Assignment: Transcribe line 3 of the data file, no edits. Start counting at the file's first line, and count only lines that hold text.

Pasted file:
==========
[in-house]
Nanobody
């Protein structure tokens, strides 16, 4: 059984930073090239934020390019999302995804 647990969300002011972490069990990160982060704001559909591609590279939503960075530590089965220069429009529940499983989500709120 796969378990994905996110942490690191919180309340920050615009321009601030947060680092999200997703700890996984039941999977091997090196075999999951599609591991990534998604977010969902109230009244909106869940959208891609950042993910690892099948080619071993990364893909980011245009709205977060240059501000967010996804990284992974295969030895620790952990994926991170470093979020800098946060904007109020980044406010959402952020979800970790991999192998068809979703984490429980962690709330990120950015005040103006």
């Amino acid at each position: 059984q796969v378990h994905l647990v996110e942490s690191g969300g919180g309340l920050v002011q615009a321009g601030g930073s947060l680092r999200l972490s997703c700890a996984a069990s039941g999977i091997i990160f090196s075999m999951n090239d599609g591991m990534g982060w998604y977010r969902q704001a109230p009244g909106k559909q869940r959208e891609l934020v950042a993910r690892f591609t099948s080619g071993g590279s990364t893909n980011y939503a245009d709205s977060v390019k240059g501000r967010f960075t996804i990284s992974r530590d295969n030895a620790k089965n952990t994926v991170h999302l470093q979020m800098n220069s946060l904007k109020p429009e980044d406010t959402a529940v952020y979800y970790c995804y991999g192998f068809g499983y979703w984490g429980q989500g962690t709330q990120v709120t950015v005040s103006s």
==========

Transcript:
């Protein structure tokens, strides 16, 4: 059984930073090239934020390019999302995804 647990969300002011972490069990990160982060704001559909591609590279939503960075530590089965220069429009529940499983989500709120 796969378990994905996110942490690191919180309340920050615009321009601030947060680092999200997703700890996984039941999977091997090196075999999951599609591991990534998604977010969902109230009244909106869940959208891609950042993910690892099948080619071993990364893909980011245009709205977060240059501000967010996804990284992974295969030895620790952990994926991170470093979020800098946060904007109020980044406010959402952020979800970790991999192998068809979703984490429980962690709330990120950015005040103006």